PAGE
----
By April 16, the Libyan National Army (LNA) advance on Tripoli has appeared to be dragged into a trench war on the approach to the southern gate of the city. Militias loyal to the Government of National Accord (GNA) have stopped the LNA advance in the area of Ain Zara and prevented LNA units from cutting off the Tripoli-Misrata highway heading along the coast. These GNA successes predetermined the tactical posture in the area.
Another important success was achieved by the GNA on April 14 when its forces shot down a MiG-21 jet of the LNA Air Force over Ain Zara with a MANPAD. The pilot ejected, but remains missing. The downed MiG-21 jet became a first confirmed and the second claimed downed jet since the start of the LNA advance on Tripoli on April 4. On April 10, the LNA announced that it had downed a L-39 jet of the GNA Air Force. However, there is sill no comprehensive evidence to confirm this.
At the same time, multiple counter-attacks by GNA forces have not allowed it to restore control over Tripoli International Airport. The main clashes are taking place south of it, in the town of al-Swani.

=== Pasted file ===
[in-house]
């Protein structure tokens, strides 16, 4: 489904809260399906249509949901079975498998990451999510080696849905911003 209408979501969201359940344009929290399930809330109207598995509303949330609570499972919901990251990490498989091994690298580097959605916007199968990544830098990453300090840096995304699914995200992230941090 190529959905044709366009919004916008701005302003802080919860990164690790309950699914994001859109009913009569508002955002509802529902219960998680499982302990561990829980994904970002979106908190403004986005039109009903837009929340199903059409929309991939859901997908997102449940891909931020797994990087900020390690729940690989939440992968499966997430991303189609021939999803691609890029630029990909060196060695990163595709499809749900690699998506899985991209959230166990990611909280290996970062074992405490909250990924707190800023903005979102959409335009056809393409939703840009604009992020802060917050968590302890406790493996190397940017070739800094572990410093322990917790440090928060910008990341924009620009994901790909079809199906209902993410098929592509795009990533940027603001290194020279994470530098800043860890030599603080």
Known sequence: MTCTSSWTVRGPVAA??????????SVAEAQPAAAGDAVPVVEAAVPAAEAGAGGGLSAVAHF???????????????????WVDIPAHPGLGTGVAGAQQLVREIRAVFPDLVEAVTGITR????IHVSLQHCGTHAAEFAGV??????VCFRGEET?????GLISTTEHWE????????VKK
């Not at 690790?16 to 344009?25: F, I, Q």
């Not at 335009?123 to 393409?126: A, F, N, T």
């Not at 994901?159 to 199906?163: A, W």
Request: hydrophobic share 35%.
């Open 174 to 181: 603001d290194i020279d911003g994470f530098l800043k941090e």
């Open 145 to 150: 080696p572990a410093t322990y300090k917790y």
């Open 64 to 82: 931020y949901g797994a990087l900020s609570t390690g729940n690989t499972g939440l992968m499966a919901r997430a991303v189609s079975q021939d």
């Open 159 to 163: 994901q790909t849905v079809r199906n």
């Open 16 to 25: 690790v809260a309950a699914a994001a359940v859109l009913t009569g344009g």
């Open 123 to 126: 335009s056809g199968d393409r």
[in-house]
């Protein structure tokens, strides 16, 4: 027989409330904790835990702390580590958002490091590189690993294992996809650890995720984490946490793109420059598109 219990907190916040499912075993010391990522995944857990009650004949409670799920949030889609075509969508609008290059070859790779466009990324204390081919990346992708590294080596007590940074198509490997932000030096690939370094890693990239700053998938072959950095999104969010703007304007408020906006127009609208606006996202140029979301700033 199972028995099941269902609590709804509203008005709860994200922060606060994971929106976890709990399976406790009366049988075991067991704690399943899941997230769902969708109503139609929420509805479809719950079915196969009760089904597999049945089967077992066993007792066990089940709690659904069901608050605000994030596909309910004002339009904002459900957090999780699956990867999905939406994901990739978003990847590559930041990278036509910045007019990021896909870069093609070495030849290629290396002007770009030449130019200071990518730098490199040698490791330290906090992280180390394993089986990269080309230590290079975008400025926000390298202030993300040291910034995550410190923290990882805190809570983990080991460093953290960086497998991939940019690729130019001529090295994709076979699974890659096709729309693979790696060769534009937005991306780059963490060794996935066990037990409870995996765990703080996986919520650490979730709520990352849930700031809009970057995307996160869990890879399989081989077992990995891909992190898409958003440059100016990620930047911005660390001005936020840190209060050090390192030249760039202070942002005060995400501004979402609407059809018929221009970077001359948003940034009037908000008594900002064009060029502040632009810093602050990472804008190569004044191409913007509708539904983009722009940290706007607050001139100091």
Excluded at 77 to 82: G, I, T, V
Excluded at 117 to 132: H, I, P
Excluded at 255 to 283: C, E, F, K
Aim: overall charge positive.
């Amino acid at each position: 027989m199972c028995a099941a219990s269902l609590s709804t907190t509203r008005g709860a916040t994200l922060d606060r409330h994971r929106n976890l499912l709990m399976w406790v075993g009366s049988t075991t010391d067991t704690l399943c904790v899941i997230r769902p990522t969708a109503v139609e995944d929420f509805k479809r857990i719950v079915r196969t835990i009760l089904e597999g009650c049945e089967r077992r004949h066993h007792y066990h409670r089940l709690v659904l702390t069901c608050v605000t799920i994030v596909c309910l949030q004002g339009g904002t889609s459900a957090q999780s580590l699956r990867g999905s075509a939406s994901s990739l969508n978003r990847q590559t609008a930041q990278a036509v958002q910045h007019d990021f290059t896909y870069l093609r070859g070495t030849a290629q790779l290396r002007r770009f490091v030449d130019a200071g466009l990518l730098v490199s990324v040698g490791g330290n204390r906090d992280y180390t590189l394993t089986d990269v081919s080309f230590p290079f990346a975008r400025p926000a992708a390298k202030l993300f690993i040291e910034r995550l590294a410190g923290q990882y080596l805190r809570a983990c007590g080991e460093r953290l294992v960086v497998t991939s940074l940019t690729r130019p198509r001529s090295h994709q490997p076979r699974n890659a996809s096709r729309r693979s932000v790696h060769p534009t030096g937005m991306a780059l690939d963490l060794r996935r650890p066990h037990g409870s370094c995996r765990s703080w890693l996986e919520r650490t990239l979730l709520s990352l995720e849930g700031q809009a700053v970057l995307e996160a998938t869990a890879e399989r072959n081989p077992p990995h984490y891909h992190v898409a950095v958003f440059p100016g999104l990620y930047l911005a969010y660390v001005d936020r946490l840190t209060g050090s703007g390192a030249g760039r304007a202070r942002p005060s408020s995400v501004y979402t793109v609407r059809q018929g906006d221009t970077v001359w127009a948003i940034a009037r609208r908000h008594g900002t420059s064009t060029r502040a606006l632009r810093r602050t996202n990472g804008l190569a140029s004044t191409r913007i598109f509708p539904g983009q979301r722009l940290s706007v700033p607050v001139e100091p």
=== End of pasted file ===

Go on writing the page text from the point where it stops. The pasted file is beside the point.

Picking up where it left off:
The LNA has been continuing to deploy reinforcements, including various military equipment, to the frontline near Tripoli. This move demonstrates that the LNA leadership is set to continue its military efforts in the area.
On April 14, the LNA leader, Field Marshal Khalifa Haftar visited Cairo and met with Egyptian President Abdel Fatah al-Sisi. Following the meeting, the al-Sisis office released a statement “the president affirmed Egypt’s support in efforts to fight terrorism and extremist militias to achieve security and stability for Libyan citizens throughout the country.” While the statement did not mention Tripoli directly, Egypt, one of the main LNA backers, de-facto declared its support to the LNA advance.
Additionally, an Egyptian spy plane conducted a reconnaissance flight over the city of Misrata. Misrata’s militias, most of them radicals, are actively supporting pro-GNA forces. An airbase south of the city is hosting most of GNA air force warplanes that carry out strikes on LNA units.
Some sources speculated that the data collected by Egypt may be shared with the LNA in order to increase an efficiency of its operations.
So far, pro-GNA militias have demonstrated that they are capable of resting the LNA advance near Tripoli if they unite their forces. However, if the battle is getting protracted, some pro-GNA groups may find that their participation in the ongoing clashes endanger their business efforts in their core areas of influence. This would create conditions for fragmentation of the pro-GNA force deployed near Tripoli.